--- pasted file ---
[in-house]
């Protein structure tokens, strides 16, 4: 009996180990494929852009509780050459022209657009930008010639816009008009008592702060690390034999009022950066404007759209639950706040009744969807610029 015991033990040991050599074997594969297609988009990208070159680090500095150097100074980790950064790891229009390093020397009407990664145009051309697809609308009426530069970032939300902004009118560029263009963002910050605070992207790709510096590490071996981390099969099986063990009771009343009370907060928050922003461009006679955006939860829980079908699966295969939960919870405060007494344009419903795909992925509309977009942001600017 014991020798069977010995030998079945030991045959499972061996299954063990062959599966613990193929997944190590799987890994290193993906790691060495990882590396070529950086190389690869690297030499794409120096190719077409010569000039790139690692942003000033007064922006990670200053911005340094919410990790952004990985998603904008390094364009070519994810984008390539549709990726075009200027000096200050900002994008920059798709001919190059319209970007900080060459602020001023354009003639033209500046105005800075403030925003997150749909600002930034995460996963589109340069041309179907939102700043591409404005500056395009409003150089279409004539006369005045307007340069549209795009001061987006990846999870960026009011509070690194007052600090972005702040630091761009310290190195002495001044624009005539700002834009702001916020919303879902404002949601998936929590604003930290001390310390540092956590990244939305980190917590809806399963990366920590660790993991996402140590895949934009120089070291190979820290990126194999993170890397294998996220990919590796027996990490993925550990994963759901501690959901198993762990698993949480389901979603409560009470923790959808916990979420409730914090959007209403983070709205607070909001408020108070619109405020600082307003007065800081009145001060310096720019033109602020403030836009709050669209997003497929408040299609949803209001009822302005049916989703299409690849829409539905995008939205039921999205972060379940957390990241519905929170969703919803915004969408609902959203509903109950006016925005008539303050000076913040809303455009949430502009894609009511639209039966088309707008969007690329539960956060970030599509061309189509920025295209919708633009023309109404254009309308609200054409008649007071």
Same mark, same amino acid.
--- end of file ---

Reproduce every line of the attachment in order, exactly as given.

[in-house]
């Protein structure tokens, strides 16, 4: 009996180990494929852009509780050459022209657009930008010639816009008009008592702060690390034999009022950066404007759209639950706040009744969807610029 015991033990040991050599074997594969297609988009990208070159680090500095150097100074980790950064790891229009390093020397009407990664145009051309697809609308009426530069970032939300902004009118560029263009963002910050605070992207790709510096590490071996981390099969099986063990009771009343009370907060928050922003461009006679955006939860829980079908699966295969939960919870405060007494344009419903795909992925509309977009942001600017 014991020798069977010995030998079945030991045959499972061996299954063990062959599966613990193929997944190590799987890994290193993906790691060495990882590396070529950086190389690869690297030499794409120096190719077409010569000039790139690692942003000033007064922006990670200053911005340094919410990790952004990985998603904008390094364009070519994810984008390539549709990726075009200027000096200050900002994008920059798709001919190059319209970007900080060459602020001023354009003639033209500046105005800075403030925003997150749909600002930034995460996963589109340069041309179907939102700043591409404005500056395009409003150089279409004539006369005045307007340069549209795009001061987006990846999870960026009011509070690194007052600090972005702040630091761009310290190195002495001044624009005539700002834009702001916020919303879902404002949601998936929590604003930290001390310390540092956590990244939305980190917590809806399963990366920590660790993991996402140590895949934009120089070291190979820290990126194999993170890397294998996220990919590796027996990490993925550990994963759901501690959901198993762990698993949480389901979603409560009470923790959808916990979420409730914090959007209403983070709205607070909001408020108070619109405020600082307003007065800081009145001060310096720019033109602020403030836009709050669209997003497929408040299609949803209001009822302005049916989703299409690849829409539905995008939205039921999205972060379940957390990241519905929170969703919803915004969408609902959203509903109950006016925005008539303050000076913040809303455009949430502009894609009511639209039966088309707008969007690329539960956060970030599509061309189509920025295209919708633009023309109404254009309308609200054409008649007071």
Same mark, same amino acid.